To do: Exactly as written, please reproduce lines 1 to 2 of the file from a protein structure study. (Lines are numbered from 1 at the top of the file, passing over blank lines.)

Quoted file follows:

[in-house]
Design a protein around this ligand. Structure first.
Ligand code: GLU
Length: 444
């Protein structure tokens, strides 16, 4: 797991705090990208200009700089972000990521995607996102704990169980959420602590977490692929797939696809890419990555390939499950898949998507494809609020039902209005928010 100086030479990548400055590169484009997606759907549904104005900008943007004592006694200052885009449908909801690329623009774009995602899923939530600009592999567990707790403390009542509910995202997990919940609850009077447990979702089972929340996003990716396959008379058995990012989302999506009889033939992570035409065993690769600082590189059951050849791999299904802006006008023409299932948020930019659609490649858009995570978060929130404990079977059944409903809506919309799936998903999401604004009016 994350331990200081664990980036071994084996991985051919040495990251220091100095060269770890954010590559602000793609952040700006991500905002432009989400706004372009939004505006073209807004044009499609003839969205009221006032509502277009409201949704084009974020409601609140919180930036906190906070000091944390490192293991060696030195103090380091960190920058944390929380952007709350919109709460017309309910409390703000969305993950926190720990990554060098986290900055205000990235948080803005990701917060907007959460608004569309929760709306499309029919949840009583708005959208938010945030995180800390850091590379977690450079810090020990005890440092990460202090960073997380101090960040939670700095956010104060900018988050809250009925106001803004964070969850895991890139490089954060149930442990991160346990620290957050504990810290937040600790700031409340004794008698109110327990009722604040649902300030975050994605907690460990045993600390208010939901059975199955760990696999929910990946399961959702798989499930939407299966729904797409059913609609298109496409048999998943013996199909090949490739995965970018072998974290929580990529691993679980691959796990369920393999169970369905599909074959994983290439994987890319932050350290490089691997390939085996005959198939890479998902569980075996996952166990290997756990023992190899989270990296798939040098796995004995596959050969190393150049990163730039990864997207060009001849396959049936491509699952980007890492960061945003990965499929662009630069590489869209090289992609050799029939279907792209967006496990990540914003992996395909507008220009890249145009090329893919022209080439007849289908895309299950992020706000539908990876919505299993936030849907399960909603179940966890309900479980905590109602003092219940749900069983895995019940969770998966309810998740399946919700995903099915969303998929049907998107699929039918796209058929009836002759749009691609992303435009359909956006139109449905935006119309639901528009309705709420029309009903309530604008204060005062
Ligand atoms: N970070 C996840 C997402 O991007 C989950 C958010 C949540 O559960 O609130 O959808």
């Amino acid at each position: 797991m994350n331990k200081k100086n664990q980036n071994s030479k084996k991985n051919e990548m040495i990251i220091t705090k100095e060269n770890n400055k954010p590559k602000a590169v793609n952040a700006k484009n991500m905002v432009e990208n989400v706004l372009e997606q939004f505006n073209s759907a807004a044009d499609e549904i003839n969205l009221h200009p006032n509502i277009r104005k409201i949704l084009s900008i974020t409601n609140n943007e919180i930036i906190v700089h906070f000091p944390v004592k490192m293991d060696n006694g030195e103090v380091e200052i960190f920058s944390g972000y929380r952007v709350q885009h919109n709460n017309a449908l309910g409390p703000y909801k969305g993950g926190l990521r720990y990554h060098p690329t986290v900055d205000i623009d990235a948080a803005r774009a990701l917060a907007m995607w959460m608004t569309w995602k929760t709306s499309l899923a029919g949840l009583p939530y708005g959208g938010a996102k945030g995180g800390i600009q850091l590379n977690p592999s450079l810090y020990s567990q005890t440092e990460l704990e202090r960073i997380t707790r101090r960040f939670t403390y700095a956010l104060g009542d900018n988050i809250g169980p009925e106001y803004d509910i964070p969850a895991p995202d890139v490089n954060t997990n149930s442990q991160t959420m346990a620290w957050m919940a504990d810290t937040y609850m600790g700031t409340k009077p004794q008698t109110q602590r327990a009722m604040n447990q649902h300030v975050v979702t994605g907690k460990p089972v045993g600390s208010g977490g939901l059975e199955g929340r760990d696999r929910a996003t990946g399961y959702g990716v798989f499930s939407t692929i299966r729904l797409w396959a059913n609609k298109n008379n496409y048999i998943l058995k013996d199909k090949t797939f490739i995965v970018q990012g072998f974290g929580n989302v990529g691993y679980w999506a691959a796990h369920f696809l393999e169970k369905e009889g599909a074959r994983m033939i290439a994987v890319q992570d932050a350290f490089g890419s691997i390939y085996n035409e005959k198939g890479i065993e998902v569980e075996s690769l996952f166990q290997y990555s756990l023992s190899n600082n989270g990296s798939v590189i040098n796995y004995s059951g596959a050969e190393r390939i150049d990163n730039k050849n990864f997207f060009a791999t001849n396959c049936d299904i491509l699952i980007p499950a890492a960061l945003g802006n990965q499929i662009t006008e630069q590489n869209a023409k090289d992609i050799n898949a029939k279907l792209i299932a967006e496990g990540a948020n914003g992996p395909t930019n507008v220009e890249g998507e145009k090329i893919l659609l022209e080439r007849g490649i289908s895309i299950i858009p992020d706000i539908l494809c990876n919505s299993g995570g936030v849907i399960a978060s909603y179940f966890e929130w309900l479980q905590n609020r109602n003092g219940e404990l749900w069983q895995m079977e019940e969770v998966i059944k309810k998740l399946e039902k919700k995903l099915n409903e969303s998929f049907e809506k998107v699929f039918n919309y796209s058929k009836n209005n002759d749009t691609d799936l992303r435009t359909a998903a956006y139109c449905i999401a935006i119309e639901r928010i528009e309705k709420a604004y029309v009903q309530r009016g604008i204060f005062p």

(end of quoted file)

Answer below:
[in-house]
Design a protein around this ligand. Structure first.